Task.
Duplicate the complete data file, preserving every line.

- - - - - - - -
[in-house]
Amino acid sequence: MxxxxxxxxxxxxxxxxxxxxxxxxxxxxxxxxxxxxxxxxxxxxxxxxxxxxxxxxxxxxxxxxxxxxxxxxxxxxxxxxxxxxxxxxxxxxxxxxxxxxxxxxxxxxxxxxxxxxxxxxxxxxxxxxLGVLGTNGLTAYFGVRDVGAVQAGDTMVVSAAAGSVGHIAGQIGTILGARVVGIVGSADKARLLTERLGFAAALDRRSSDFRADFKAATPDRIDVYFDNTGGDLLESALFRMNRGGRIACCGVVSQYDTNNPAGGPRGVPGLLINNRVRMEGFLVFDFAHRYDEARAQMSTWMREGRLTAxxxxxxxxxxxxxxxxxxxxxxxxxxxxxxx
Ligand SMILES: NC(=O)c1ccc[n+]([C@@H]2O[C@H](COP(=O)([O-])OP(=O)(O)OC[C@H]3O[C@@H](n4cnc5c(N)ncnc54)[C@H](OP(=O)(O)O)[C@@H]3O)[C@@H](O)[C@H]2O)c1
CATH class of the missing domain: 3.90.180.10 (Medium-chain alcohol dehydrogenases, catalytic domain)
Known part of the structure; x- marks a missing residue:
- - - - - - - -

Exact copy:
[in-house]
Amino acid sequence: MxxxxxxxxxxxxxxxxxxxxxxxxxxxxxxxxxxxxxxxxxxxxxxxxxxxxxxxxxxxxxxxxxxxxxxxxxxxxxxxxxxxxxxxxxxxxxxxxxxxxxxxxxxxxxxxxxxxxxxxxxxxxxxxxLGVLGTNGLTAYFGVRDVGAVQAGDTMVVSAAAGSVGHIAGQIGTILGARVVGIVGSADKARLLTERLGFAAALDRRSSDFRADFKAATPDRIDVYFDNTGGDLLESALFRMNRGGRIACCGVVSQYDTNNPAGGPRGVPGLLINNRVRMEGFLVFDFAHRYDEARAQMSTWMREGRLTAxxxxxxxxxxxxxxxxxxxxxxxxxxxxxxx
Ligand SMILES: NC(=O)c1ccc[n+]([C@@H]2O[C@H](COP(=O)([O-])OP(=O)(O)OC[C@H]3O[C@@H](n4cnc5c(N)ncnc54)[C@H](OP(=O)(O)O)[C@@H]3O)[C@@H](O)[C@H]2O)c1
CATH class of the missing domain: 3.90.180.10 (Medium-chain alcohol dehydrogenases, catalytic domain)
Known part of the structure; x- marks a missing residue: